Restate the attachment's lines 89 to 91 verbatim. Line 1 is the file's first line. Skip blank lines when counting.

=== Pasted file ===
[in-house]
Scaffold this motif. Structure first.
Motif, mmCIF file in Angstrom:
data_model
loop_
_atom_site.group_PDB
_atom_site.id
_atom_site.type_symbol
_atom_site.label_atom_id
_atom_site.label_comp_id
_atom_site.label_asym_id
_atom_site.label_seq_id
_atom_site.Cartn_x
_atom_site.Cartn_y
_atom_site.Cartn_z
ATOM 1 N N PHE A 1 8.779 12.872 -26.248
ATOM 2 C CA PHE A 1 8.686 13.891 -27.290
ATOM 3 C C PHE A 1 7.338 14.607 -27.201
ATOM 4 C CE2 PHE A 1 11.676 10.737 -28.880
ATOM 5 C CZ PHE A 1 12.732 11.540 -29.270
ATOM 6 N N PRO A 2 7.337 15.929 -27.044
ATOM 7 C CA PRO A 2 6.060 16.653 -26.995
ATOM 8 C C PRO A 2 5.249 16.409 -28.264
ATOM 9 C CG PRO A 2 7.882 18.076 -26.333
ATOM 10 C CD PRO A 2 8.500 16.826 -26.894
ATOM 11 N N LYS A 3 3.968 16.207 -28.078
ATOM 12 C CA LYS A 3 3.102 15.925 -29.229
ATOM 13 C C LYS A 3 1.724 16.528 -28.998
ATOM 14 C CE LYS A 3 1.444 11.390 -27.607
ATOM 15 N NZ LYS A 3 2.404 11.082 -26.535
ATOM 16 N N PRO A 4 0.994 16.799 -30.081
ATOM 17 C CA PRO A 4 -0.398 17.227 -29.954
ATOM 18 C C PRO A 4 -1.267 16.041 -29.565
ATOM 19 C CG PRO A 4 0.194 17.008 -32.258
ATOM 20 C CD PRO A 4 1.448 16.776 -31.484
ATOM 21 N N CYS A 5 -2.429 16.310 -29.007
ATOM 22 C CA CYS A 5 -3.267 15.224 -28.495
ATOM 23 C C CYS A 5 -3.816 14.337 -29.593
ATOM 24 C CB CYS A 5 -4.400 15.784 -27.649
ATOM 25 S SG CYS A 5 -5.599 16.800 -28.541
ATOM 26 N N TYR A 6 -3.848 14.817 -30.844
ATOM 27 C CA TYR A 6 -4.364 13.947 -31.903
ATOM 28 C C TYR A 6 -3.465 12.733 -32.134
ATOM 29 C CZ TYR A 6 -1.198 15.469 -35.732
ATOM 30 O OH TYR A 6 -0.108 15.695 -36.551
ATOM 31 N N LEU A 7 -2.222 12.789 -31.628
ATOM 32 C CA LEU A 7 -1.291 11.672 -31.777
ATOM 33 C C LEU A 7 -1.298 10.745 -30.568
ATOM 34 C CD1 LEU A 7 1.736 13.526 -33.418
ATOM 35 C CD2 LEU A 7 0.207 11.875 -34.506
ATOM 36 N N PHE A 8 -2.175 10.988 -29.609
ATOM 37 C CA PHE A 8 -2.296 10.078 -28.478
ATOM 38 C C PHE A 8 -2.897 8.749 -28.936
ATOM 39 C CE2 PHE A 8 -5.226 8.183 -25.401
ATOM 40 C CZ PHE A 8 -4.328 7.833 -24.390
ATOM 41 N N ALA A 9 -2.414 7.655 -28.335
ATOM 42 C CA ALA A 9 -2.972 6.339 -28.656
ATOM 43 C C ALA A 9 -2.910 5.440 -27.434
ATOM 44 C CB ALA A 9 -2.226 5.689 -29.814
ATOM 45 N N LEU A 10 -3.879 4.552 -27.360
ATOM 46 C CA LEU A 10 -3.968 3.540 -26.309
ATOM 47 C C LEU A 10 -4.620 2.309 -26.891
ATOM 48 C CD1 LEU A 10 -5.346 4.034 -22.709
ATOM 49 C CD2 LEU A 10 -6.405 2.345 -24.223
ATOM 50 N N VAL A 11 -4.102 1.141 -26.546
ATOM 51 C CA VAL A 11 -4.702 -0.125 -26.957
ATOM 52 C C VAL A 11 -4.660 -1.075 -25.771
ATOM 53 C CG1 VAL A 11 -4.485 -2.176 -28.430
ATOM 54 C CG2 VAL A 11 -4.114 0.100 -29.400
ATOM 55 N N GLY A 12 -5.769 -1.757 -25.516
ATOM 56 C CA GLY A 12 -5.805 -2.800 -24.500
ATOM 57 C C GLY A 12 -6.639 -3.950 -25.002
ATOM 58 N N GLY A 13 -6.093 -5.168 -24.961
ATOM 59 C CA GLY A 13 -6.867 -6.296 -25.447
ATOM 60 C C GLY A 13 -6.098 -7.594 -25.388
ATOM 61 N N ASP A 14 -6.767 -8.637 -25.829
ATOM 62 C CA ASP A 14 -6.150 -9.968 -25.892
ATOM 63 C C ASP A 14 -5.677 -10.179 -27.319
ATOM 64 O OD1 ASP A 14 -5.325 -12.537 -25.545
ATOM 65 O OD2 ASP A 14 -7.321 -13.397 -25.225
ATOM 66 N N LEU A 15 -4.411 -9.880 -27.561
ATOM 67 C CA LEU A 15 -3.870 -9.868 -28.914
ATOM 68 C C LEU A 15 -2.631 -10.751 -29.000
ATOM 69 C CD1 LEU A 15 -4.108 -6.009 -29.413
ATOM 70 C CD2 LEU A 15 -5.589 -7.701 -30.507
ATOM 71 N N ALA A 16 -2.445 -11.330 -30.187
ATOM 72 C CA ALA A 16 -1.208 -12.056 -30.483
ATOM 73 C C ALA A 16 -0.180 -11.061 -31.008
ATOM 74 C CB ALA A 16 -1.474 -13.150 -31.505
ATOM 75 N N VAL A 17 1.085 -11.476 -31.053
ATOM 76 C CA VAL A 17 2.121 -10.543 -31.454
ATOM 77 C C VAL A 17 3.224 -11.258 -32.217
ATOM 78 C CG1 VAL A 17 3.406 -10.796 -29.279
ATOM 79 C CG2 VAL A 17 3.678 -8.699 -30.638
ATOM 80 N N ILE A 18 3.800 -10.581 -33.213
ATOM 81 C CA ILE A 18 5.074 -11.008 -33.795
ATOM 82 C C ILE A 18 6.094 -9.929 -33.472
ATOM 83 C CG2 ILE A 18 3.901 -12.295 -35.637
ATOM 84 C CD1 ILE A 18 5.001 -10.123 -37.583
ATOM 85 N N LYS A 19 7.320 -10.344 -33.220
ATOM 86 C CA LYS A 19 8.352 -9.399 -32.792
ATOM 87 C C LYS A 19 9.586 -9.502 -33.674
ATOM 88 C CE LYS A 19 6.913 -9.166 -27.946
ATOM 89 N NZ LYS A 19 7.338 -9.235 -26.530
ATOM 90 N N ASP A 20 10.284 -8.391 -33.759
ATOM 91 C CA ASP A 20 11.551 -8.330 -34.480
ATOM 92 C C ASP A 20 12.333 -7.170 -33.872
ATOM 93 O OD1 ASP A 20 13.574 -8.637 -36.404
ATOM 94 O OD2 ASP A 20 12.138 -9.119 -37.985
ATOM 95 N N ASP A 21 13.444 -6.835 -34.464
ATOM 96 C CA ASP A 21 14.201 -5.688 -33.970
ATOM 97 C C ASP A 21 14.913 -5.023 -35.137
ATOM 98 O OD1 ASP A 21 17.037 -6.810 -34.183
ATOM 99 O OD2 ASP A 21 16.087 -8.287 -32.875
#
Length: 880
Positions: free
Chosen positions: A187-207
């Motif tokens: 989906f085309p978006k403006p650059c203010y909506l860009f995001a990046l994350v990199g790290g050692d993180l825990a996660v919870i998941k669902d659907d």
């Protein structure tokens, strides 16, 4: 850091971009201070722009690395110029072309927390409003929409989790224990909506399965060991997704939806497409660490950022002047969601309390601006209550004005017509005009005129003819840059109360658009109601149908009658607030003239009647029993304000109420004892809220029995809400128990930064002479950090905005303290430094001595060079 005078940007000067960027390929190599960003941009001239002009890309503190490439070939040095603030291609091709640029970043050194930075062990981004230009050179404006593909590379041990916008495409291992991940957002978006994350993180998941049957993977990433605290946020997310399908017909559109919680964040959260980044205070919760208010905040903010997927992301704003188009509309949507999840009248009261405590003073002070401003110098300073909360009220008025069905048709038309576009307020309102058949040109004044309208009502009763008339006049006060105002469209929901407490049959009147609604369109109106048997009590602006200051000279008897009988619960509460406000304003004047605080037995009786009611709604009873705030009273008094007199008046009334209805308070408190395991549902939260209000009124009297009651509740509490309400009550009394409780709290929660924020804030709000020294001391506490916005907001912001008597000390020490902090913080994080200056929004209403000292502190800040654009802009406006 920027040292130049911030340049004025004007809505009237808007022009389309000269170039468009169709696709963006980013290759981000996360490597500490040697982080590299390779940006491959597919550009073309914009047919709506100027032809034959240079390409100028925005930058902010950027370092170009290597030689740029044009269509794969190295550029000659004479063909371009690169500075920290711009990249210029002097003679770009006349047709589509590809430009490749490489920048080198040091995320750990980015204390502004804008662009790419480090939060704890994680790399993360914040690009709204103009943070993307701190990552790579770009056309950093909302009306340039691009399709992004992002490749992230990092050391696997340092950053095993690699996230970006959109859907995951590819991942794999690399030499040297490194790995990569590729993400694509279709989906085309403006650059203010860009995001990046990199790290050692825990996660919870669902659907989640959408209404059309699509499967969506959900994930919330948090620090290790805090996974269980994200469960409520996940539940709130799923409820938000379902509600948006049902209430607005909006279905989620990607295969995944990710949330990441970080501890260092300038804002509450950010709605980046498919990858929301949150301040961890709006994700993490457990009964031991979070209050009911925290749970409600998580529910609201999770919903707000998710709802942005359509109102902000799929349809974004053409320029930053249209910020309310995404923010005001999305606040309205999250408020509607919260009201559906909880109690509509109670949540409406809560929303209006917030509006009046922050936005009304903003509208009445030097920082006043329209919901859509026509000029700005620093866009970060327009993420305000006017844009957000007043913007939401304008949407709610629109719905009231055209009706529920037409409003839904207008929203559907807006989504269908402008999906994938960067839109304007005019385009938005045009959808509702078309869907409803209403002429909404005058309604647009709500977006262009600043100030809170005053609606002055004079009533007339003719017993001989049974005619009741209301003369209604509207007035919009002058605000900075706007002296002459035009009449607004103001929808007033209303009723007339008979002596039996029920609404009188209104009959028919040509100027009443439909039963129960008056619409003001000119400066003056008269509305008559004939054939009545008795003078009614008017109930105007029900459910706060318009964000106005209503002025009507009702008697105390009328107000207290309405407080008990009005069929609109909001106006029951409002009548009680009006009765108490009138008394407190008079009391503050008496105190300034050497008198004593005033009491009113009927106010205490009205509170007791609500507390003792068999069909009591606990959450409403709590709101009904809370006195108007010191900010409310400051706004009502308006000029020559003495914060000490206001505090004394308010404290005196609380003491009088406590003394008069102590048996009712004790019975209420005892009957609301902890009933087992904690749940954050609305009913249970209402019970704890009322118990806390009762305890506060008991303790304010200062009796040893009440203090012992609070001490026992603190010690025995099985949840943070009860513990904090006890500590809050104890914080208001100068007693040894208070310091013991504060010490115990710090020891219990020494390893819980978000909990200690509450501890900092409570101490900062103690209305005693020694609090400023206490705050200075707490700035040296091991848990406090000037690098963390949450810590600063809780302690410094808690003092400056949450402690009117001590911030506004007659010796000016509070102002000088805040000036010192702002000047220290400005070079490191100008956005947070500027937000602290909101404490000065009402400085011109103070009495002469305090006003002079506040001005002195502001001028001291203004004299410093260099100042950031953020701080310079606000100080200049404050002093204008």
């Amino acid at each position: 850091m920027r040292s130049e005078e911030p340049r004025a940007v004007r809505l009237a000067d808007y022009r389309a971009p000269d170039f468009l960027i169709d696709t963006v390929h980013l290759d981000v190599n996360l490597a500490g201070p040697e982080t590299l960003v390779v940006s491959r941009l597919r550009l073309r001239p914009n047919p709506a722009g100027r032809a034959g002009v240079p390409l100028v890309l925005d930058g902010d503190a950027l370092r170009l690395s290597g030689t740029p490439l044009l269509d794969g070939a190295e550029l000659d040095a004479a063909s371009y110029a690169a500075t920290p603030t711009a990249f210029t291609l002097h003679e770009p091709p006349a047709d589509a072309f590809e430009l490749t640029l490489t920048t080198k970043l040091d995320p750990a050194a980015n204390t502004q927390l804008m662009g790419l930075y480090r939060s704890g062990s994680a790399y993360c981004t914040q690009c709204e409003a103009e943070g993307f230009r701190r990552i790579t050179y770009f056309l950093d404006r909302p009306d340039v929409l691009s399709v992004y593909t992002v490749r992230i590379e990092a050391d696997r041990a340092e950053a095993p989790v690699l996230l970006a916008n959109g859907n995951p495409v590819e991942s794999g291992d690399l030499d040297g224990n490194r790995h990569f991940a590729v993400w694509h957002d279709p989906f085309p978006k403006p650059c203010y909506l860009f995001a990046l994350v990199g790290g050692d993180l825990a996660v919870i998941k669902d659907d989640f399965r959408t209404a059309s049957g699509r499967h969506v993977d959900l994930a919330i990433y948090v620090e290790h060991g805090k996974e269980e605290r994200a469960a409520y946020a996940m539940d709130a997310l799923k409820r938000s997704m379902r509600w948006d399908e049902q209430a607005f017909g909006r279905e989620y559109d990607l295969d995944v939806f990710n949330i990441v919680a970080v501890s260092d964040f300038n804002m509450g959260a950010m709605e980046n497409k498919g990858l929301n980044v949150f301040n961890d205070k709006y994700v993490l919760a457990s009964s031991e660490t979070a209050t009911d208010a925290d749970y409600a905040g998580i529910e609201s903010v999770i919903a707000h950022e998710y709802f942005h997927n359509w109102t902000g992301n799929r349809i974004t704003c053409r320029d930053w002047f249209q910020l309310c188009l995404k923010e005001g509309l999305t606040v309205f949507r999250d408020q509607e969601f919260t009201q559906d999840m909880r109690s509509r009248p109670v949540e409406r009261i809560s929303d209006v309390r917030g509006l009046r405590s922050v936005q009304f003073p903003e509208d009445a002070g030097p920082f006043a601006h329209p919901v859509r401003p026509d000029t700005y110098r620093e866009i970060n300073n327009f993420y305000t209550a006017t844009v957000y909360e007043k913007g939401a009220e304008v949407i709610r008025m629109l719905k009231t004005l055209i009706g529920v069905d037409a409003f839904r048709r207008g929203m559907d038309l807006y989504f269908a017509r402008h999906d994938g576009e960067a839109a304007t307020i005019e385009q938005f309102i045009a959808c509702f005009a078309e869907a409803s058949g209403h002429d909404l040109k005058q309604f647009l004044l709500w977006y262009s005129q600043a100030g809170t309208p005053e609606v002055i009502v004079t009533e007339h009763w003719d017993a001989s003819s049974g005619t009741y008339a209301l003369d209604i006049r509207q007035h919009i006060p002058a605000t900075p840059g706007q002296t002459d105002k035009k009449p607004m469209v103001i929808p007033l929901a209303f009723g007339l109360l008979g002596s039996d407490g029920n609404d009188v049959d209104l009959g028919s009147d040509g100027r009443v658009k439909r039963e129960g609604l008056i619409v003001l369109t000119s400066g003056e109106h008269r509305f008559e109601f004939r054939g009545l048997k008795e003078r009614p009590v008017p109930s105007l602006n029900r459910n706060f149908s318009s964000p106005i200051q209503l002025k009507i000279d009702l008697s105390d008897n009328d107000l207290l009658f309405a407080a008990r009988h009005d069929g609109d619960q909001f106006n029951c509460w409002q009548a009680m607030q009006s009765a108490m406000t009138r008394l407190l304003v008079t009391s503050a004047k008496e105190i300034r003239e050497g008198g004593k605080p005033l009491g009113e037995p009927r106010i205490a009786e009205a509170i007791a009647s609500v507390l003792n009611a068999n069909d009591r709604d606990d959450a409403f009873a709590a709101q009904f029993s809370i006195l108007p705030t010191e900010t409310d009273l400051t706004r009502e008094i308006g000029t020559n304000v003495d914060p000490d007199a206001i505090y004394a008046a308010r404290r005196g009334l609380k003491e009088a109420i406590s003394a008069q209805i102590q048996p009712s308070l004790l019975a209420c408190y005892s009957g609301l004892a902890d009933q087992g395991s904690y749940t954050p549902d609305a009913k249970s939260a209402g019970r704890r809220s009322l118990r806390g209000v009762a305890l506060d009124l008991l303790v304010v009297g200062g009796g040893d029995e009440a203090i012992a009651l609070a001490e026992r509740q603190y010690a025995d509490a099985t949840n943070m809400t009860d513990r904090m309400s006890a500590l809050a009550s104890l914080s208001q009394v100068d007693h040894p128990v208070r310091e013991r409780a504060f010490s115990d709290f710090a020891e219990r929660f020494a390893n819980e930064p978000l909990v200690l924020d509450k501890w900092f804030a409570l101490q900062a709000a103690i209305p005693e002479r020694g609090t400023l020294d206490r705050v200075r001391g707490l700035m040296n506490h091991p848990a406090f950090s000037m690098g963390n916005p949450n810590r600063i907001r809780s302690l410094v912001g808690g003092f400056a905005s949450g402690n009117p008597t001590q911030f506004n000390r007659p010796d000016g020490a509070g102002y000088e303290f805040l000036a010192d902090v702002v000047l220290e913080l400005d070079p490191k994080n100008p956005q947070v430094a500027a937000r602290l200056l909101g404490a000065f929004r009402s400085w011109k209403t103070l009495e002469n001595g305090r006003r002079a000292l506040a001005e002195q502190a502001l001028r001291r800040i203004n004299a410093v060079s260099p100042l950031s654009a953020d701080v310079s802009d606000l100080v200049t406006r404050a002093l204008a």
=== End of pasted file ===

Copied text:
ATOM 74 C CB ALA A 16 -1.474 -13.150 -31.505
ATOM 75 N N VAL A 17 1.085 -11.476 -31.053
ATOM 76 C CA VAL A 17 2.121 -10.543 -31.454